Not ready for full-scale data science? Encouraging open communication between different user communities – particularly those that cross traditional business process boundaries – is the most effective method to incent collaboration and inspire change without mandating it. Regardless of your organizations current maturity level. The critical success factor? Creating space and time for like-minded individuals to come together. Then letting them mingle without over-engineering or preemptively prescribing outcomes for the group.

An important point: just like composting, the process isn’t always pretty – especially in the early stages – but properly managed will produce fertile soil for growth.

Generating Demand

The prior point assumes that you have identified a potential market for your produce. All to the good to produce the best produce. The effort is for naught if consumers are not aware a good is available or educated on its use. I have often been enticed by shiny fruits and vegetables only to later contribute them, moldering, to the compost pile for lack of understanding (or waning interest) in how to best prepare them.

Cultivating BI and analytics requires a dedicated, deliberate approach to educating potential information producers and consumers on the art of the possible. Followed by deployment of a step-wise program that meets the potential consumer where they are at. Progressively introducing more advanced techniques and capabilities as individual skills and confidence grow and stoke the organization’s appetite for more exotic [e.g. advanced] analytics. This is not a once-and-done endeavor: engagement and enablement is an ongoing task if initial growth is to be sustained.

Sustaining Growth

To that end, cultivating the right environment and planting seeds is a means to the end, not the end itself. As the plant grows so do requirements for ongoing care and feeding. Once mature, produce is picked, shipped to the consumer and the cycle begins again. Often with a new crop rotated in to ensure the soil is replenished while still bearing fruit.

In addition, as the acreage being planted increases more efficient and structured methods are required to ensure consistency and quality between fields. Inclusive of more sustainable and scalable methods to deliver the goods – in our case, targeted information or access to appropriate tools and data environments – to an ever increasing, diverse and distributed user base.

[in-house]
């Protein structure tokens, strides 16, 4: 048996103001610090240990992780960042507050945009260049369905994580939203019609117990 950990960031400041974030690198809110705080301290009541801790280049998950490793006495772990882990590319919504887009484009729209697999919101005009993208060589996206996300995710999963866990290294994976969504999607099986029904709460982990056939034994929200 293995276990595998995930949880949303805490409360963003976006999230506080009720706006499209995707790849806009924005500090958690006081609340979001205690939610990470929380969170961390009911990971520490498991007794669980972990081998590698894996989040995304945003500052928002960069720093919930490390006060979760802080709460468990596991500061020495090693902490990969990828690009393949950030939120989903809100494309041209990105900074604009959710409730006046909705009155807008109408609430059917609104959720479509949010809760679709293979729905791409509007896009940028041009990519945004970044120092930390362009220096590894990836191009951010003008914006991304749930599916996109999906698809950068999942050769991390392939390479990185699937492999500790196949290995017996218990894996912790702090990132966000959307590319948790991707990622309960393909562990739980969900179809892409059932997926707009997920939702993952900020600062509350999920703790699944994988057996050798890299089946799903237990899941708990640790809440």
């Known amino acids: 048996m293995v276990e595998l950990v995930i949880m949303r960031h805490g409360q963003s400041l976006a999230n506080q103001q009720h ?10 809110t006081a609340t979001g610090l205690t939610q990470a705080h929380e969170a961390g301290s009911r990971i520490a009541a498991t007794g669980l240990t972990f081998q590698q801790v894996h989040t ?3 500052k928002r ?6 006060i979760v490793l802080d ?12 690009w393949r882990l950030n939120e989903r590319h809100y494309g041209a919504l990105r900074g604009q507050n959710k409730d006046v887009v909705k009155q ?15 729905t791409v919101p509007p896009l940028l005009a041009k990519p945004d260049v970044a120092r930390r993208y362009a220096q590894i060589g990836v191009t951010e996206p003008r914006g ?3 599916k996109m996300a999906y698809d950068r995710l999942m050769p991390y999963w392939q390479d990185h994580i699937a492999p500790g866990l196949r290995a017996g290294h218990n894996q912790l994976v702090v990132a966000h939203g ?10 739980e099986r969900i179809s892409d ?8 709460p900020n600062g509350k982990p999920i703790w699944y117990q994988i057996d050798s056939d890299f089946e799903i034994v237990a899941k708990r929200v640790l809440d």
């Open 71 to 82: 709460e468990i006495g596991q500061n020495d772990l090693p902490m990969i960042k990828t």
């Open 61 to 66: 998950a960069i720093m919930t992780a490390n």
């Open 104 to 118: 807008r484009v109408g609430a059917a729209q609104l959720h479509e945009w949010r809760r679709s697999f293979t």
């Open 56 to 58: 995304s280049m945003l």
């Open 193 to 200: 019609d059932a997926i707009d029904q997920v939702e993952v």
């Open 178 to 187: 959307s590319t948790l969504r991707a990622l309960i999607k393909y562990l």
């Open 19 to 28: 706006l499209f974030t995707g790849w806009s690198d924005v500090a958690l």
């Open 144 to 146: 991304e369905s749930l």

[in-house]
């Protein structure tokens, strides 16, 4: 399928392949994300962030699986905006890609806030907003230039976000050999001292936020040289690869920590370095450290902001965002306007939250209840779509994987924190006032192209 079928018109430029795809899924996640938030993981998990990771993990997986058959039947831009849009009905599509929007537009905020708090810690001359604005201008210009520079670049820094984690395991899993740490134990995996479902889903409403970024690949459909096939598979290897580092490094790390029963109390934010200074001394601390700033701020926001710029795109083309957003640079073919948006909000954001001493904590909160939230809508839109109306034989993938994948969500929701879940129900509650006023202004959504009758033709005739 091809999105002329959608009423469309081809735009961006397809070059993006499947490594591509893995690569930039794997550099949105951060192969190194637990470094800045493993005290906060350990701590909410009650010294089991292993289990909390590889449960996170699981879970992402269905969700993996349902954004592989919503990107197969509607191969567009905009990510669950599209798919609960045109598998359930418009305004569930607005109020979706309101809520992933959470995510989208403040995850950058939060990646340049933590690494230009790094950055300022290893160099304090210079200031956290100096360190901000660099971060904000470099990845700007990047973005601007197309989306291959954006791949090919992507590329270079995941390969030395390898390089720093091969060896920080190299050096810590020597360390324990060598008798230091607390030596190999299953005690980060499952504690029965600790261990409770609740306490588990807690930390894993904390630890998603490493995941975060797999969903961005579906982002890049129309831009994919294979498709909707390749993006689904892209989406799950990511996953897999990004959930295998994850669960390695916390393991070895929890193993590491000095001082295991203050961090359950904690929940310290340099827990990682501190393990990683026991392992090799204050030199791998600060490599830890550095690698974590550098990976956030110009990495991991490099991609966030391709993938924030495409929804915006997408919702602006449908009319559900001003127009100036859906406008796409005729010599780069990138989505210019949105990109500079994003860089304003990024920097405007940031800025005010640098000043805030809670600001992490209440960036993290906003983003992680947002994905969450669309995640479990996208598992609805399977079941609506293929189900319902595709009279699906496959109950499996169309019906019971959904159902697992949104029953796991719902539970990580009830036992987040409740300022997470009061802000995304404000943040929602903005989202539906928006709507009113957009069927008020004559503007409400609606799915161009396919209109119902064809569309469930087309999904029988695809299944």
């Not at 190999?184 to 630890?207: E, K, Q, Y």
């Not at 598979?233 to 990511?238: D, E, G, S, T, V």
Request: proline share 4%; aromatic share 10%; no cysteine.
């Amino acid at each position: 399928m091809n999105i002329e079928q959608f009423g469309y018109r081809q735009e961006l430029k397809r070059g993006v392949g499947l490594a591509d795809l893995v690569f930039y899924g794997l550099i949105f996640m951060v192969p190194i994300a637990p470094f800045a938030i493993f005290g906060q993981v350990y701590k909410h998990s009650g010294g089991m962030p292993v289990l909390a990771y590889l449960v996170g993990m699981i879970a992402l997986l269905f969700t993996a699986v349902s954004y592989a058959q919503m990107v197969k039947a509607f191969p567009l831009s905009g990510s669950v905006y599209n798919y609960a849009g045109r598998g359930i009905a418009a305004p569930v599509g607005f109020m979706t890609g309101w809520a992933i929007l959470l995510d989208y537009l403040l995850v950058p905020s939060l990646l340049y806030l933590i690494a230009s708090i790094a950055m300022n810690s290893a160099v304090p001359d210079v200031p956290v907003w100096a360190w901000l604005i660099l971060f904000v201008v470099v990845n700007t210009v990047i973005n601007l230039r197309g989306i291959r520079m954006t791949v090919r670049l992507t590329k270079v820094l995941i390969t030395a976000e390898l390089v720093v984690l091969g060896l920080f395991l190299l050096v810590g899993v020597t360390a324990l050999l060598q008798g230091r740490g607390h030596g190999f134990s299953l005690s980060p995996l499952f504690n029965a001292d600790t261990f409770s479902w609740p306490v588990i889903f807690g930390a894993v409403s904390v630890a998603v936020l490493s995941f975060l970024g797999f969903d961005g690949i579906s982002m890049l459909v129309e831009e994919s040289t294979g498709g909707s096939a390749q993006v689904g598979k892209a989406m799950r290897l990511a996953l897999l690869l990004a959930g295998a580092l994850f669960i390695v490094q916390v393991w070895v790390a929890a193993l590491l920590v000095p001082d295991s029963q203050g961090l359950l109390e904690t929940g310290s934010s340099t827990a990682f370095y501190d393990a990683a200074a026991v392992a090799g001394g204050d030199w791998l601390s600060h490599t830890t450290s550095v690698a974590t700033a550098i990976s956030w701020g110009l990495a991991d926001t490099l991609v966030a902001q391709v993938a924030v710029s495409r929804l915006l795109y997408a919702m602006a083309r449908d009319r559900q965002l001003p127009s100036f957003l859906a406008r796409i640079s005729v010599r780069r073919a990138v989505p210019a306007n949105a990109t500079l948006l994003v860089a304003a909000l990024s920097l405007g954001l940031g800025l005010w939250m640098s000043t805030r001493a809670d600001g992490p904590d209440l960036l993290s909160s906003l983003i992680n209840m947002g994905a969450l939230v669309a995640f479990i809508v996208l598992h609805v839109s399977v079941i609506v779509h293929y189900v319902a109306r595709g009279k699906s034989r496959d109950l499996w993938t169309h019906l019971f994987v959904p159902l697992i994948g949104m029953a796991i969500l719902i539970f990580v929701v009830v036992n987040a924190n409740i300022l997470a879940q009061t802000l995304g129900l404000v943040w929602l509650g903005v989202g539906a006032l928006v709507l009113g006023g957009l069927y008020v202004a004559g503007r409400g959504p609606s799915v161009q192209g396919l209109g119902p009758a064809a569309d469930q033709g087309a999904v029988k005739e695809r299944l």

Governing Proliferation

Last but not least, as information producers proliferate and consumers become more aware and self-enabled guidelines to ensure fair play are required. Just as organic produce is differentiated from all-natural or traditionally cultivated goods, data producers and consumers alike must be cognizant of and accountable for data creation, sharing and appropriate use. This is not to say all use is created equal. Edible vegetation is subject to categories which differ from decorative foliage.

In the same vein, information governance must be multi-dimensional, accounting for various usage scenarios. To stretch the organic metaphor to a final limit: consumers have a choice of data goods – their ability to select the appropriate data good depends on transparency into the quality of the good and clarity about their usage requirements. Perfect data is, after all, in the eye of the beholder.

Long article short? Organic growth is hard work. If properly cultivated, organic engagement (rather than the “if we build it, they will come” or “though shalt comply” approach) is the most effective method to create and sustain value-added analytics endeavors. Just don’t expect it to be easy. Or to happen naturally without the guidance of a savvy farmer.